Putting AIDS on the road to extinction
During the last 18 months, the science of AIDS prevention has been transformed. Studies have shown dramatic results from male circumcision—a more than 60 percent reduction in the risk of transmission from women to men. New technologies such a microbicides, used before exposure to the disease, have proved effective.
Then, three months ago, came an article in the New England Journal of Medicine called “Prevention of HIV-1 Infection with Early Antiretroviral Therapy.” The study found a 96 percent decrease in transmission to a heterosexual partner when AIDS treatment was begun early. Treating AIDS sooner than later is a dramatically effective form of AIDS prevention.
Scientists began considering something previously unimaginable. What if these methods of AIDS prevention were combined—along with condom use and the prevention of mother-to-child transmission—and aggressively applied in the most affected regions and among the most vulnerable groups in Africa? Scientific models project that transmission rates, already declining in most places, would fall an additional 40 percent to 60 percent.
Which raises a prospect comparable to medical achievements such as the eradication of smallpox or advances in cancer treatment. Currently, for every new AIDS patient put on treatment, about two more become infected. Millions of lives are saved—but ground is still lost to the disease. With combination prevention, the balance would shift. For every person who begins treatment, there would be fewer than one who becomes infected. This would effectively be the epidemic’s end.
The Obama administration has officially adopted the goal of “creating an AIDS-free generation.” “While the finish line is not yet in sight,” Secretary of State Hillary Clinton said Tuesday, “we know we can get there because now we know the route we need to take. It requires all of us to put a variety of scientifically proven prevention tools to work in concert with each other.”
But the political timing of these scientific breakthroughs is poor. The budget crisis has resulted in a Darwinian competition for resources. Clinton accompanied her ambitious AIDS objective with the not-very-ambitious reprogramming of $60 million for demonstration projects in four countries.
Additional resources can eventually be squeezed from existing AIDS programs. In 2004, the cost of treatment averaged about $1,200 per person. Today, it is less than $350 and still declining. Other donor nations, along with African countries themselves, can take additional burdens.
Yet the objective is not a minor one. Earlier AIDS treatment in the developing world would expand the pool of people in need of medicine. In the main U.S. HIV/AIDS program, Africans currently start drugs when their cd4 count—the measure of immune system strength—is, on average, about 150. Beginning at a cd4 count of 350—the recommendation of the World Health Organization—would require the number of Africans on treatment to increase by more than 5 million. An aggressive treatment-as-prevention program would start treatment even earlier.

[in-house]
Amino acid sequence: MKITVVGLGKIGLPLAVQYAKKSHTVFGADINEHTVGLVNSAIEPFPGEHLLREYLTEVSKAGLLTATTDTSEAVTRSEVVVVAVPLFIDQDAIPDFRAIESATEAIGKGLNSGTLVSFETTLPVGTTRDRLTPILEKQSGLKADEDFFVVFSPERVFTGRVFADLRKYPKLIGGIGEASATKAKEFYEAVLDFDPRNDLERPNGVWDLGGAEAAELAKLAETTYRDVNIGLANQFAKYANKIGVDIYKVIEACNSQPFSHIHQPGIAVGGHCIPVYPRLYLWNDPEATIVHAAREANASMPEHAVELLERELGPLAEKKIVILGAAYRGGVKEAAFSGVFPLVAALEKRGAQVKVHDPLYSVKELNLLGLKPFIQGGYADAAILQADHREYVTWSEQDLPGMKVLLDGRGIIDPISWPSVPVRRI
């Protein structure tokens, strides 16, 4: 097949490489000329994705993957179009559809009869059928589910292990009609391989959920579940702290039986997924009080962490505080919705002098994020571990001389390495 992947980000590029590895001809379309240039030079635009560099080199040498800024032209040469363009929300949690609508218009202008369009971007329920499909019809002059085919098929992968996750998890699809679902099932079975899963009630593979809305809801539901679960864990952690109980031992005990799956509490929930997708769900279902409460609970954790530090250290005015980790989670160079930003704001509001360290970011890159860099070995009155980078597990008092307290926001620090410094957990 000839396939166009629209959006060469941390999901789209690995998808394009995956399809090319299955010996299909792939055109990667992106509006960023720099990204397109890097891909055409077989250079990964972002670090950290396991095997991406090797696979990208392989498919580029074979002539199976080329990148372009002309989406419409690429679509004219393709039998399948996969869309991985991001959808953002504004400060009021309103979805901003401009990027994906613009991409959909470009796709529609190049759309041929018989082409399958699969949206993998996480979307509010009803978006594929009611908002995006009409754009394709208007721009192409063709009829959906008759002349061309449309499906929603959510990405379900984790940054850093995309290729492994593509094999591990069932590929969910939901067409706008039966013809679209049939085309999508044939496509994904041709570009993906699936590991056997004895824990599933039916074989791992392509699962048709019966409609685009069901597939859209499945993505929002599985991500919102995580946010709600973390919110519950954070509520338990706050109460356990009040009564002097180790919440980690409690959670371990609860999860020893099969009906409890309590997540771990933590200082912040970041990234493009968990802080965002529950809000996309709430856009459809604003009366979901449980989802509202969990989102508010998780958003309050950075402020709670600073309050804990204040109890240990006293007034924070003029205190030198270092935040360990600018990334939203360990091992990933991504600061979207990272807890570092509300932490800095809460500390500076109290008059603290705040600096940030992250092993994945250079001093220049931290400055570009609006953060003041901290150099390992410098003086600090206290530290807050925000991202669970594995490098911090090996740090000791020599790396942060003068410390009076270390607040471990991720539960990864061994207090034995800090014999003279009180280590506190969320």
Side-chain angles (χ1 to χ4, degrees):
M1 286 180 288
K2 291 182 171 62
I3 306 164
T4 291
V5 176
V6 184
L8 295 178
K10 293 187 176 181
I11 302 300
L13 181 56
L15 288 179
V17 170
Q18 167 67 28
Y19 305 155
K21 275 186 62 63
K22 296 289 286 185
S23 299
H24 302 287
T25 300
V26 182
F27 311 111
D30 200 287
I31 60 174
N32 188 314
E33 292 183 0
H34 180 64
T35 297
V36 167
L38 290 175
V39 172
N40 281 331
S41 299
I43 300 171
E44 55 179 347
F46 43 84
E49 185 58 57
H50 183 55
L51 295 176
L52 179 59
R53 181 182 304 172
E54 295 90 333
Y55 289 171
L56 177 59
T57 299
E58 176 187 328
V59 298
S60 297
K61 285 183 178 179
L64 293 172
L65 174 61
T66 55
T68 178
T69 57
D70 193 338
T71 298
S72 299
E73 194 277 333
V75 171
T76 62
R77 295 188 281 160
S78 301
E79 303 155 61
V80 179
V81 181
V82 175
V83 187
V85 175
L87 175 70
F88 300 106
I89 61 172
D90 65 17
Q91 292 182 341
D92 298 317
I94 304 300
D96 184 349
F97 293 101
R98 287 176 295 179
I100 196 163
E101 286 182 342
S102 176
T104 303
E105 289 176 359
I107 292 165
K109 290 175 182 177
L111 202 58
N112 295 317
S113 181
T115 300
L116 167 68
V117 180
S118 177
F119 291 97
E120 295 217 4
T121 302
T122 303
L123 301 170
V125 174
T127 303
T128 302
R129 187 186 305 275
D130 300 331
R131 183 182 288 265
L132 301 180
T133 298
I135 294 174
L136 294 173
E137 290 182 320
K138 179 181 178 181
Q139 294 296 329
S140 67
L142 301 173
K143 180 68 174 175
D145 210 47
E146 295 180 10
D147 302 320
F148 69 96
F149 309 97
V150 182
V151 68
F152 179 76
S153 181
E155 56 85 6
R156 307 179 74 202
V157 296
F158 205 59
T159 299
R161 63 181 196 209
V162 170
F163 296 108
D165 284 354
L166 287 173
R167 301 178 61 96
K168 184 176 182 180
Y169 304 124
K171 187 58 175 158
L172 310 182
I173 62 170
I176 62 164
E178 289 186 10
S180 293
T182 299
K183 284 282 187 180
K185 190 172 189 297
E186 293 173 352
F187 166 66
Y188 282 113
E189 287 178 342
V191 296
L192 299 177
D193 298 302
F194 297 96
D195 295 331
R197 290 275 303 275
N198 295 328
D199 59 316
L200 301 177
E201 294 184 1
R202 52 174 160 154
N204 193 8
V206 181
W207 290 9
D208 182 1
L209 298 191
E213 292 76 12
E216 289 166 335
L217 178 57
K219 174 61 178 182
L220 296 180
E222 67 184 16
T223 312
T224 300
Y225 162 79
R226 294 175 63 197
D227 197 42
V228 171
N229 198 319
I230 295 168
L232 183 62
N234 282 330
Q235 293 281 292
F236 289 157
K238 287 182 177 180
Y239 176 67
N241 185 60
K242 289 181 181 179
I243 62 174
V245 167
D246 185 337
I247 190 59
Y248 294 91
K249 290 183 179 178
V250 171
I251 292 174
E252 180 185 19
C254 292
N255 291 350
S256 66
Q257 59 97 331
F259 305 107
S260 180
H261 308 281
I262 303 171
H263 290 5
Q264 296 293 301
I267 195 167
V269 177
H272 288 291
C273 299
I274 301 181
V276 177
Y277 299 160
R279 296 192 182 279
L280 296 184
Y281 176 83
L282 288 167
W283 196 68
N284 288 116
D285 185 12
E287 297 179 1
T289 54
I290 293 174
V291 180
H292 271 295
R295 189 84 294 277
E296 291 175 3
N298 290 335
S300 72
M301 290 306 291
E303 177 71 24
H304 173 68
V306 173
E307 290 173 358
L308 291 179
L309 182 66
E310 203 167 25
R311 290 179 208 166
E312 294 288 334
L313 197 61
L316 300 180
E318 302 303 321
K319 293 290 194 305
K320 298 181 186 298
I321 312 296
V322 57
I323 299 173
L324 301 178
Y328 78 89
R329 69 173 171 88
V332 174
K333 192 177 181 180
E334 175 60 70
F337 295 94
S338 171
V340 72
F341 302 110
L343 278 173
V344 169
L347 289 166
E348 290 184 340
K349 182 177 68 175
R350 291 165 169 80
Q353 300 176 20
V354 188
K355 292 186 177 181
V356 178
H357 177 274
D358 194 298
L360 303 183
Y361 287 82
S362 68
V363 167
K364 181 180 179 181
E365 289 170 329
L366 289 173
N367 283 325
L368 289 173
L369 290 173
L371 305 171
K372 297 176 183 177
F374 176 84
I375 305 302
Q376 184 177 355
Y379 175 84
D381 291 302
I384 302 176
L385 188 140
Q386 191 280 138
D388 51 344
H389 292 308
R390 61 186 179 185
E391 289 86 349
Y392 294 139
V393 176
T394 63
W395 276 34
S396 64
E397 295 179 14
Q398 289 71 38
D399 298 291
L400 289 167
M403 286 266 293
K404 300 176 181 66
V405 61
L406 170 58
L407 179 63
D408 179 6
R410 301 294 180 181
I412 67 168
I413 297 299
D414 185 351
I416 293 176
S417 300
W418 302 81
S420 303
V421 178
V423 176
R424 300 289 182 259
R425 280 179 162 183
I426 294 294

In normal economic times, the case for this effort would be fairly easy. American spending on all humanitarian aid programs amounts to about 0.7 percent of the budget. What other marginal spending increase could save millions of lives, end an epidemic and allow public officials to take part in a historic enterprise as admirable as the Marshall Plan? The proposed prevention strategies do not involve much culture war controversy. Religious conservatives have no objections to treatment and are neither shocked nor alarmed by circumcision—an old biblical acquaintance.
But with economic times far from normal, the case is complicated. Ending the global AIDS epidemic would require a major presidential push. It would also require congressional Republicans to make a human life exception to austerity.
This uphill effort would, however, be aided by a pragmatic argument. Since 2003, the United States has helped place millions on AIDS treatment. In the process, we have assumed what economists call a “treatment mortgage”—obligations that can’t be abandoned without catastrophic consequences. A major prevention effort—reducing the number of new infections to below the number of new people placed on treatment—is the only morally acceptable strategy that eventually reduces American commitments on AIDS.
Having abruptly gained the scientific tools to defeat this epidemic, what remains is a test of will and conscience.
Michael Gerson is a columnist for the Washington Post Writers Group; email email@example.com.